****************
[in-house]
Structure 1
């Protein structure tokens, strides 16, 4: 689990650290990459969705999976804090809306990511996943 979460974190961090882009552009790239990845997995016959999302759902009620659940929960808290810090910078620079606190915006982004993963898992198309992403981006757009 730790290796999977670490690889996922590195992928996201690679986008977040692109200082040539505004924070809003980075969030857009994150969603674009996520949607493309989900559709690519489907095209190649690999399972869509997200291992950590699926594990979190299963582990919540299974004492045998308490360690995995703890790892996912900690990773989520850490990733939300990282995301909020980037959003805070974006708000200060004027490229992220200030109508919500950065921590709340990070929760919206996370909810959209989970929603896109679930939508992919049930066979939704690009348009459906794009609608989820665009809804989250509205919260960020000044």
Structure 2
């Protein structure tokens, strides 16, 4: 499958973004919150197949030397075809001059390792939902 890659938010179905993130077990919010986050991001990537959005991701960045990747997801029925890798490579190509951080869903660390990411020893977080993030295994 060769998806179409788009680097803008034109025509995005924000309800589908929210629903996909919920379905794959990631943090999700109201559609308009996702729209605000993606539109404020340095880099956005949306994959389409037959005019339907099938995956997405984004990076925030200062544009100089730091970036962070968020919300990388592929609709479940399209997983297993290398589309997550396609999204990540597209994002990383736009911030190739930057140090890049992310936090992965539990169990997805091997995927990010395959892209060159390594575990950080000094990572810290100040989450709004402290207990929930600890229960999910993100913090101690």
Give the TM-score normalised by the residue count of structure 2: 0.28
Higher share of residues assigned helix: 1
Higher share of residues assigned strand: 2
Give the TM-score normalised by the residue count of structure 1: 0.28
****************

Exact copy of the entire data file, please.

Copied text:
[in-house]
Structure 1
């Protein structure tokens, strides 16, 4: 689990650290990459969705999976804090809306990511996943 979460974190961090882009552009790239990845997995016959999302759902009620659940929960808290810090910078620079606190915006982004993963898992198309992403981006757009 730790290796999977670490690889996922590195992928996201690679986008977040692109200082040539505004924070809003980075969030857009994150969603674009996520949607493309989900559709690519489907095209190649690999399972869509997200291992950590699926594990979190299963582990919540299974004492045998308490360690995995703890790892996912900690990773989520850490990733939300990282995301909020980037959003805070974006708000200060004027490229992220200030109508919500950065921590709340990070929760919206996370909810959209989970929603896109679930939508992919049930066979939704690009348009459906794009609608989820665009809804989250509205919260960020000044």
Structure 2
């Protein structure tokens, strides 16, 4: 499958973004919150197949030397075809001059390792939902 890659938010179905993130077990919010986050991001990537959005991701960045990747997801029925890798490579190509951080869903660390990411020893977080993030295994 060769998806179409788009680097803008034109025509995005924000309800589908929210629903996909919920379905794959990631943090999700109201559609308009996702729209605000993606539109404020340095880099956005949306994959389409037959005019339907099938995956997405984004990076925030200062544009100089730091970036962070968020919300990388592929609709479940399209997983297993290398589309997550396609999204990540597209994002990383736009911030190739930057140090890049992310936090992965539990169990997805091997995927990010395959892209060159390594575990950080000094990572810290100040989450709004402290207990929930600890229960999910993100913090101690």
Give the TM-score normalised by the residue count of structure 2: 0.28
Higher share of residues assigned helix: 1
Higher share of residues assigned strand: 2
Give the TM-score normalised by the residue count of structure 1: 0.28